Utah’s vaccination rate increased after The Church of Latter-day Saints issued a strong statement encouraging vaccinations, then declined in the weeks that followed.
“To limit exposure to these viruses, we urge the use of face masks at public meetings whenever social distancing is not possible,” the church statement read. “To provide personal protection against such serious infections, we urge people to get vaccinated. The vaccines available have been shown to be both safe and effective.”
The governing body, known as the First Presidency, has reportedly asked California Mormon leaders not to sign religious exemptions for the vaccine. The state of Utah is 61% Mormon.
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Some 65% of Mormom church members said they supported vaccination, according to a July report from the Public Religion Research Institute. The remaining 35%, however, threaten the Mormon Church’s long-standing tradition of large public religious gatherings.
A week after the church’s announcement encouraging vaccination, Utah’s seven-day vaccine delivery average fell from 7,204 to 8,076, Newsweek reported. The following week, the average dropped to 7,517 before falling back to 7,267 the following week.
Matt Harris, an expert on Mormon history at Colorado State University in Pueblo, says the minority of vaccine-resistant Mormons are “used to conspiracy theories” and absorb information outside of the First Presidency’s instructions.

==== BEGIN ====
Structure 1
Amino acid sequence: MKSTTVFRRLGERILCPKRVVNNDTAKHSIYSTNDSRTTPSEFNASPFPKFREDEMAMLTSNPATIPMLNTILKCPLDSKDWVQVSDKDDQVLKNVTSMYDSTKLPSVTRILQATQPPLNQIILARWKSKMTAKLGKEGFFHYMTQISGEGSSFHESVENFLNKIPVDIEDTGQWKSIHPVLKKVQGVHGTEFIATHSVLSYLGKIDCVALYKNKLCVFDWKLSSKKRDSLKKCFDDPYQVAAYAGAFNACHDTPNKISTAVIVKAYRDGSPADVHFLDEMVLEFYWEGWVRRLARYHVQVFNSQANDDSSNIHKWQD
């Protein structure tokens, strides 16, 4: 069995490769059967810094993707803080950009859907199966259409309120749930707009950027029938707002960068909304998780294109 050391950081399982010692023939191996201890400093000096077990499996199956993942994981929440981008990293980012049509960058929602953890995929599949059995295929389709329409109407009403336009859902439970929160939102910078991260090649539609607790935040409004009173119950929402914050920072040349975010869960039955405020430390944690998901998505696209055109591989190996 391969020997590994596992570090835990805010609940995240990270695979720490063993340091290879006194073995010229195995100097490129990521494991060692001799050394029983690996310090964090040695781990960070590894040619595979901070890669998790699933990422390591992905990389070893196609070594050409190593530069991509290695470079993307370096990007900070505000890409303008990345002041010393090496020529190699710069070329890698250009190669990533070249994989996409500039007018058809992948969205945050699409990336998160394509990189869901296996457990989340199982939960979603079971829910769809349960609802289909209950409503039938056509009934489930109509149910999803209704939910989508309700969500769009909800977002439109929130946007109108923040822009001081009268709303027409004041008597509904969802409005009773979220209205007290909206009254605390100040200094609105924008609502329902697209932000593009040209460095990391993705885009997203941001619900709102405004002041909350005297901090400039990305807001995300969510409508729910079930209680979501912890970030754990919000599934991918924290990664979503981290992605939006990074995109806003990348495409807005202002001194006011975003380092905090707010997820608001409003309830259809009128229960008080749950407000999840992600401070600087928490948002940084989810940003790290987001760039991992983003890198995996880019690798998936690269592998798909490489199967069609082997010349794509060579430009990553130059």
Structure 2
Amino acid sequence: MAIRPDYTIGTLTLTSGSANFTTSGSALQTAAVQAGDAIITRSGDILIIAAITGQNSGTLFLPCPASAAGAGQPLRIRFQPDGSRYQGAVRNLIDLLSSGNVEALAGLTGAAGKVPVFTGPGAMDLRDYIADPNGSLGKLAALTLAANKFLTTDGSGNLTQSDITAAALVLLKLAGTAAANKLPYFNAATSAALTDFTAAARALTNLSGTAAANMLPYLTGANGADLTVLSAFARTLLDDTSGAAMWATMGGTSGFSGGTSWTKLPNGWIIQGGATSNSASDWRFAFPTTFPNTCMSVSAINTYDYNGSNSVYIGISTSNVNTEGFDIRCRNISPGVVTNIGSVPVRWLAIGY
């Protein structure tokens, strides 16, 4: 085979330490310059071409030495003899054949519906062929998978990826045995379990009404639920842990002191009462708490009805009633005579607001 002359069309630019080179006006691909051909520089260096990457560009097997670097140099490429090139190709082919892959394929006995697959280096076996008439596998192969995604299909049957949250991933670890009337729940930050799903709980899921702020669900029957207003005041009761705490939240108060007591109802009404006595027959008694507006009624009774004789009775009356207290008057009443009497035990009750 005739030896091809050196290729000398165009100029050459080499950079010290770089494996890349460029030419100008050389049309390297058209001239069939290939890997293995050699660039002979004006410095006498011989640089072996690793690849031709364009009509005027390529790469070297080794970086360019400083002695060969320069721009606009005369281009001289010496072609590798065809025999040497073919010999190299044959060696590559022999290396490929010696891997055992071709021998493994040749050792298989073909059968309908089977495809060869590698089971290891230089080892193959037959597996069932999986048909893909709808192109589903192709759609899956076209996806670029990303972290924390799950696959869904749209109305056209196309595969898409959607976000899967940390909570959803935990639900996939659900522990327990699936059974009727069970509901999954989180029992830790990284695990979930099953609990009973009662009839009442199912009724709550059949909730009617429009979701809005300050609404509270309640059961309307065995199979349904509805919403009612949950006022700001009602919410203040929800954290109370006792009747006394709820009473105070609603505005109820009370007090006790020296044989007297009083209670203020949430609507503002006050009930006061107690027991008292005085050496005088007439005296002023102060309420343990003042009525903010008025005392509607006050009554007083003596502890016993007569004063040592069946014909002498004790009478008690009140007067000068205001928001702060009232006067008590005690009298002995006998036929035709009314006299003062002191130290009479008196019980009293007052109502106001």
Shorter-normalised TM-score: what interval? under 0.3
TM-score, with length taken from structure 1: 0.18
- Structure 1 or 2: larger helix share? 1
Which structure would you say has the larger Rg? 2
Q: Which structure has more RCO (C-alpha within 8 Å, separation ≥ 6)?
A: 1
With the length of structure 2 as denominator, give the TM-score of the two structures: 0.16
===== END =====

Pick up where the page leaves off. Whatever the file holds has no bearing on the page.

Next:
“Because they get used to these conspiracy theories over the years, it’s easy for Latter-day Saints today to think the election was stolen or the vaccines are bad,” Harris said. . “This is how they were brainwashed into seeing the world and also the government.”
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The John Birch Society, an entity linked to former Mormon leader Ezra Taft Benson, is to blame for the minority of Mormons who fall into this category, Harris says. Benson was the 13th president and prophet of the church from 1985 to 1994, bringing far-right, anti-Communist influence into the church.
“Benson and his scouts had been planting the seeds for at least three or four decades,” Harris explained. “When Trump was elected in 2016, it kind of brought this all to life.”
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Key words: News, Mormons, Utah, Immunization
Original author: Matthew Miller
Original location: Vaccinations in Utah surge after encouragement from Mormon leaders, plunge over ‘conspiracy theories’